Tuesday, June 25, 2013

True Martial Spirit

Jiro Dreams of Sushi is an amazing martial arts movie.

Jiro Dreams of Sushi has exactly 00:00:00.00 of martial arts.

I will let you contemplate how those two sentences can both be true. Here's the preview:

For the martial artist, how many of these concepts sound familiar? Here is a man at the top of his field, seeking perfection in simplicity, yet feels he is not yet there. Through constant practice, he strives to achieve better results. There is no flash or pizazz. Yet, people make reservations months in advance and spend hundreds of dollars on a meal that may last 10 minutes.

Watch how he treats his apprentice chefs. Hard training, simple tasks repeated over and over again to earn trust and sound fundamentals in the basics.

I don't want to give much more away that this, for the surprise ending should inspire all instructors. If you have Netflix, it is on instant view. Go watch it.


Thursday, June 6, 2013

Youtube Dojang

"When you learn new techniques, learn thoroughly the theory and philosophy as well."

-Attitude requirement number 12.

Just to make a tongue-in-cheek point...

Green Belts: Don't look or read any of this. Scroll down until you see the part where I say it's OK to start reading again.

I learn a lot from watching Youtube videos.

There are a lot of excellent instructors and practitioners who are sharing their theories and ideas with the entire world. For free, no obligations. Unfortunately, there is also a lot of material out there that is just terrible. Not just terribly done, but unsafe and dangerous as well. I am a little concerned that my students will try to search for something on Youtube and end up not being able to tell the difference between the good and the bad.

As a student of hyung, I greatly enjoy using Youtube to watch countless variations of hyung that I know. One of thing I like to do is search for "WTSDA hyungName." and see what comes back. Even within our own Association, there are subtle variations and trends in hyung performance that vary from dojang to dojang and Region to Region. As a student, I greatly appreciate seeing how different students and schools emphasize different portions of the form. I love it when I see someone doing the same things I do, and when I see something different, I try really hard to understand where they are coming from. They have to do it for a reason. Or, at least, their instructor teaches it that way for a reason. Or - and we're talking worst case scenario -- someone along the line changed it for a good reason!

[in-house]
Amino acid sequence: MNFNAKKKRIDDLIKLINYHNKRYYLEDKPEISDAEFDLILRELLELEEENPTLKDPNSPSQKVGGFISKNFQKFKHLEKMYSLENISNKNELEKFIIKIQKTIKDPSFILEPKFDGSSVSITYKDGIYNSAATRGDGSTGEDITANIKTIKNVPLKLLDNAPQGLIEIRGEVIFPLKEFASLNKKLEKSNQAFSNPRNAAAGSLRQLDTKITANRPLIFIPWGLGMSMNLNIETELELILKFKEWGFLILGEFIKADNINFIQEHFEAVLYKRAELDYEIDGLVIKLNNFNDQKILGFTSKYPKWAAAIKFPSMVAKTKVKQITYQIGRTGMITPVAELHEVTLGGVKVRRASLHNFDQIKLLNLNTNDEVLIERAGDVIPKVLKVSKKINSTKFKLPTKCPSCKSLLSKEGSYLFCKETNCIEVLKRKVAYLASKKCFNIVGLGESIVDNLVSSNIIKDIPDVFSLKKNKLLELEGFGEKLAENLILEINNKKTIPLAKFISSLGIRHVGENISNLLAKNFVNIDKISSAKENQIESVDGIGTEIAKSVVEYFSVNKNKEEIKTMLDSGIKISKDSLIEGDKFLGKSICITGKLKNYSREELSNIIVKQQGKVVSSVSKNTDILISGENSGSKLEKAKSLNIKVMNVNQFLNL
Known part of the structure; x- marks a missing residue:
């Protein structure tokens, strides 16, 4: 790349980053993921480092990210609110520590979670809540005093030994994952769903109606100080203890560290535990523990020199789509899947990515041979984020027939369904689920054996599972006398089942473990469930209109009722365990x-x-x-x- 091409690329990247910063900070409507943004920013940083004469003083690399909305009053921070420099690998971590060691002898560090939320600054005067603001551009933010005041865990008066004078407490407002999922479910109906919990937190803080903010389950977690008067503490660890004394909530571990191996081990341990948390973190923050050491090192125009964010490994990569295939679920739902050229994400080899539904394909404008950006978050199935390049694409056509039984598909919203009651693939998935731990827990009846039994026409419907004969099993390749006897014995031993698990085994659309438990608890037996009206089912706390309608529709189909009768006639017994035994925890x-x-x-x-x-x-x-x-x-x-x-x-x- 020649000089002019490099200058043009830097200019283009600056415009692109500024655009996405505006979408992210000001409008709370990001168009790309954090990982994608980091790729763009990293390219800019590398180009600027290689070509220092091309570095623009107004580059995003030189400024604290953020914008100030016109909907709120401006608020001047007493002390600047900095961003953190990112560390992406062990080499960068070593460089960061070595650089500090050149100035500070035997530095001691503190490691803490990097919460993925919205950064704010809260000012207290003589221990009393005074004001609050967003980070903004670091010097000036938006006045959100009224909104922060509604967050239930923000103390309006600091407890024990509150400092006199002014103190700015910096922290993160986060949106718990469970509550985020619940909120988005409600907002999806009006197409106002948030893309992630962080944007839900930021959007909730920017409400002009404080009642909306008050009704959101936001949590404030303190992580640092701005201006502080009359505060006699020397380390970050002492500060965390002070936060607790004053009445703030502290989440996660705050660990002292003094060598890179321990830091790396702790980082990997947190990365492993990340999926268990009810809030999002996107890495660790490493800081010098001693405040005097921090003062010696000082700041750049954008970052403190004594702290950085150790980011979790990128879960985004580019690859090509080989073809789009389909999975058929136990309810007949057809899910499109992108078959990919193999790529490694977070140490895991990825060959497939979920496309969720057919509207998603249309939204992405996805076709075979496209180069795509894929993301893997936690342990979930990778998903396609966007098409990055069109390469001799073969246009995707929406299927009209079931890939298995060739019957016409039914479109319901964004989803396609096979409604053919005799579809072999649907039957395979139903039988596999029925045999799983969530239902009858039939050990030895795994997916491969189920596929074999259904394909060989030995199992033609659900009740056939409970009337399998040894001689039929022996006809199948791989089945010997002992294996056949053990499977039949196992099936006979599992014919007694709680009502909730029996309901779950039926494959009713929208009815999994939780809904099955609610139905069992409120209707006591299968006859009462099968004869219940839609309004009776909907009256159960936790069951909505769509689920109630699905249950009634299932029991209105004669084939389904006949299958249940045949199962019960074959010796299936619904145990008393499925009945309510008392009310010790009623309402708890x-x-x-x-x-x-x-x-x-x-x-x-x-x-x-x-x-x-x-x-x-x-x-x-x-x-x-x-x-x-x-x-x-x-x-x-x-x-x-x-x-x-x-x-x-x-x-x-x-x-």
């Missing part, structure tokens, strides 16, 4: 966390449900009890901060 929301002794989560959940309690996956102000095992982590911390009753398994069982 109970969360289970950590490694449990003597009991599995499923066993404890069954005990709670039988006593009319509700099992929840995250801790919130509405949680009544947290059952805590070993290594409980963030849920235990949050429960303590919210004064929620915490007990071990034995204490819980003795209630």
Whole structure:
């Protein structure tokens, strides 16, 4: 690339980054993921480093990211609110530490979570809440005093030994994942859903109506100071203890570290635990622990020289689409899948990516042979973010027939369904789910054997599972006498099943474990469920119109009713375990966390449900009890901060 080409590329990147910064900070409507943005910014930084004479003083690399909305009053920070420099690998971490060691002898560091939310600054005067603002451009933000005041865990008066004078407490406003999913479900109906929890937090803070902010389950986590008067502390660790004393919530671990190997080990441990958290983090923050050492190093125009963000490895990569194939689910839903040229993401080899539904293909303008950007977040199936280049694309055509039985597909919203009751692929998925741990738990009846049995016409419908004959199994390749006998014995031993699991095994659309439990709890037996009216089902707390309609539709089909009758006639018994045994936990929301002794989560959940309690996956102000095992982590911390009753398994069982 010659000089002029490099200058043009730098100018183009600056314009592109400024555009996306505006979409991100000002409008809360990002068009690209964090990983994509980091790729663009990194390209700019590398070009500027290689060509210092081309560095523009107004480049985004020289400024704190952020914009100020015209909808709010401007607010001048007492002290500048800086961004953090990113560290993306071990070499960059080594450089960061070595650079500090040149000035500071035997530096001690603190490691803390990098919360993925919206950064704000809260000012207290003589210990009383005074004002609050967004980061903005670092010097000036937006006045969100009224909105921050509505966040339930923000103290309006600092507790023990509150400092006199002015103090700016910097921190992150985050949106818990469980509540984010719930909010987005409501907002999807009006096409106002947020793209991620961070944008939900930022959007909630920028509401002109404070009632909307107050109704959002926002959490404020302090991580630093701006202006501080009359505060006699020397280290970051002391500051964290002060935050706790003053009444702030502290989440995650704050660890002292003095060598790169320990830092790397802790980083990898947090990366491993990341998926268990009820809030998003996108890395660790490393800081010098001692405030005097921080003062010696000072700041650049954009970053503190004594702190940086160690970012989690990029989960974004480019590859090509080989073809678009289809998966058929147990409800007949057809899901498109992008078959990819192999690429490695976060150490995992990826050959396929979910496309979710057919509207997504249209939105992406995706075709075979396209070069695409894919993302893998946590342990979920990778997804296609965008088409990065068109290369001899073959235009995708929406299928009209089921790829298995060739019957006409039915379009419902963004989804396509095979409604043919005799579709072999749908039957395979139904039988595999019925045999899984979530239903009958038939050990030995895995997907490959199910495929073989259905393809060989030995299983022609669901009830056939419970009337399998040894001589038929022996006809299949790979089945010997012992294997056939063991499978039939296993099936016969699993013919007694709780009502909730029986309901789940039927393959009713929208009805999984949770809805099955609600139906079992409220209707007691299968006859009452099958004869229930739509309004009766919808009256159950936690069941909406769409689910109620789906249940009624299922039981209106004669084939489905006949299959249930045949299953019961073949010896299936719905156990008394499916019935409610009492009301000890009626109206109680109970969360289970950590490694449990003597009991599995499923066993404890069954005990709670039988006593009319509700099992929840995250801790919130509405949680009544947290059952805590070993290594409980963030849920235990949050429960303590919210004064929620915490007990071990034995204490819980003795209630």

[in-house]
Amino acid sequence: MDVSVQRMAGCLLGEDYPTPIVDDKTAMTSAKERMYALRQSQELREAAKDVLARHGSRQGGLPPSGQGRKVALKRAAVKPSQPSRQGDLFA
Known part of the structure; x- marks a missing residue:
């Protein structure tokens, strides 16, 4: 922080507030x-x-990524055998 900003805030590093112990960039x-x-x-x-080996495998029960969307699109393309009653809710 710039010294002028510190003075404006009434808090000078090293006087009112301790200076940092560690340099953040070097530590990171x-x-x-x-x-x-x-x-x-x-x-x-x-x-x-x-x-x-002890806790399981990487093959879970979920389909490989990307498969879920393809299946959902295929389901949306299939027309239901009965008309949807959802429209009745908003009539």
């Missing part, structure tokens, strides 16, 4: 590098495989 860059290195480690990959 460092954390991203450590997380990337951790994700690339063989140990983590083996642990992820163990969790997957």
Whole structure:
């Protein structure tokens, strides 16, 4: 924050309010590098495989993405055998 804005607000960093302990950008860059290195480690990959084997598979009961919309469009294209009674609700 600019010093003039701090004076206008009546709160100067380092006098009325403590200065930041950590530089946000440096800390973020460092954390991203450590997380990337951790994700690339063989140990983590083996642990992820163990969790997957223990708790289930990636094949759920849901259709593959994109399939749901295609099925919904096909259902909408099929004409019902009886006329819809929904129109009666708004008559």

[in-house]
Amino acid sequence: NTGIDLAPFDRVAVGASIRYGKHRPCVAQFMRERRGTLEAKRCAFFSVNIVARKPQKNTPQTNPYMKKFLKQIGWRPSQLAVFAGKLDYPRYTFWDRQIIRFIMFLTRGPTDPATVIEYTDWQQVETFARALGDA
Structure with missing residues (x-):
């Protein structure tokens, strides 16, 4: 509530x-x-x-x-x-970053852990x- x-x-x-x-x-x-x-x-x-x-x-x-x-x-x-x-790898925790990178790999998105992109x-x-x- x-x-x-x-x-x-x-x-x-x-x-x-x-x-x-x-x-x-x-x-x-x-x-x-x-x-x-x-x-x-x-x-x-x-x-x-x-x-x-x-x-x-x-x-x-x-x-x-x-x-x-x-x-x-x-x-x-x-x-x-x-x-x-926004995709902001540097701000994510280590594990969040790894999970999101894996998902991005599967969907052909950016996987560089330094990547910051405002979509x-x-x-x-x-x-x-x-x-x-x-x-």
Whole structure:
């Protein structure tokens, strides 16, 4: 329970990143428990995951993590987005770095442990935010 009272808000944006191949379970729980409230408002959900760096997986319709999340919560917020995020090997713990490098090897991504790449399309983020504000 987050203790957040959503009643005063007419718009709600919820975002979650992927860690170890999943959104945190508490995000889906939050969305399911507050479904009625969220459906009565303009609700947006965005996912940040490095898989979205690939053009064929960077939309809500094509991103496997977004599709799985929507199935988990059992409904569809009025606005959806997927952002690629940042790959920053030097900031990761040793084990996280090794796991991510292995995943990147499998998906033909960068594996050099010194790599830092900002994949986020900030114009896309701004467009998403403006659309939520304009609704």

After seeing what's out there I then check out how other Tang Soo Do groups approach the hyung, [sarcasm]and then I look down on them with contempt, for my way is obviously the best.[/sarcasm] (On a related note, the W3C really needs to settle on a sarcasm tag for HTML.)

From there, it is very fun to go further down the rabbit hole. Does Shotokan have a version of this hyung? Shito-ryu? Shorin-ryu? Isshin-ryu? Holy moly, how many different Seisan variations can there possibly be? The answer: a lot.

The challenge is trying to see the differences between styles, and not immediately dismissing them as being silly or inferior. Others may always be attracted to things that are different, and they need to be reminded that just because it is different, or from an "older" style does not make it automagically better, either.

One of my favorite jokes:

How many black belts does it take to change a light bulb?

15. One to change the bulb, and 14 more to tuck their thumbs into their belt and mutter "That's not how my instructor does it.

I am a strong proponent of the idea that once you know a hyung, you should strive to make it your own. To only stop with what you were taught is a terrible disservice to those who came before you. You can bet your butt they made changes, whether they are aware of it or not, everyone makes subtle changes. The best analogy anyone ever shared with me was that of a suit. Would you wear your instructor's suit? Chances are, it doesn't fit. Different heights, body types, etc. I'm guessing the hyung is performed with these same constraints in mind, so why would you strive to carbon copy your instructor. Yes, do it like your instructor for awhile. Make their version the goal, but from there, look to add your own emphasis to the hyung, and perhaps you will one day be fortunate enough to contribute to the greater knowledge of Tang Soo Do.

Green Belts: Feel free to continue reading from this point forward.

So remember, kids, YouTube is the devil. It will corrupt what your instructors are trying to teach you and fill your heads with rot. Stick to what your being taught and train hard.